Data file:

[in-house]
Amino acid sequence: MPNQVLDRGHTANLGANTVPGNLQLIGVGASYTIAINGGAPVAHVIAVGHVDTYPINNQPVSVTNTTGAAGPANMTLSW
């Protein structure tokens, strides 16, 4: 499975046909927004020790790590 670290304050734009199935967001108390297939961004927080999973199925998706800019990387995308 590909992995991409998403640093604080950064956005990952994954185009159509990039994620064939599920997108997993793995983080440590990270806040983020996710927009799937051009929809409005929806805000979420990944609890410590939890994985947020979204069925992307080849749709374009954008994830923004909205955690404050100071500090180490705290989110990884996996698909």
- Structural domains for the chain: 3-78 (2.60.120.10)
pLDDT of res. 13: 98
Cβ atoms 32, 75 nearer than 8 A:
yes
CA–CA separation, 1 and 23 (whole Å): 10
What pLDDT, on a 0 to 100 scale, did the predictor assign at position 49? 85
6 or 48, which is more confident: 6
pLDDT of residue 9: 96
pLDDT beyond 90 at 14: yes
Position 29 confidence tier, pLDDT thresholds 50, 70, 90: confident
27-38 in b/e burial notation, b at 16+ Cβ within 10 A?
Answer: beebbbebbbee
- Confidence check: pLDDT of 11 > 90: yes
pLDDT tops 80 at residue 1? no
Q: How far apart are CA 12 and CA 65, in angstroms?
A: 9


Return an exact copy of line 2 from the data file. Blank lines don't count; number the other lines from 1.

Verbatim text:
Amino acid sequence: MPNQVLDRGHTANLGANTVPGNLQLIGVGASYTIAINGGAPVAHVIAVGHVDTYPINNQPVSVTNTTGAAGPANMTLSW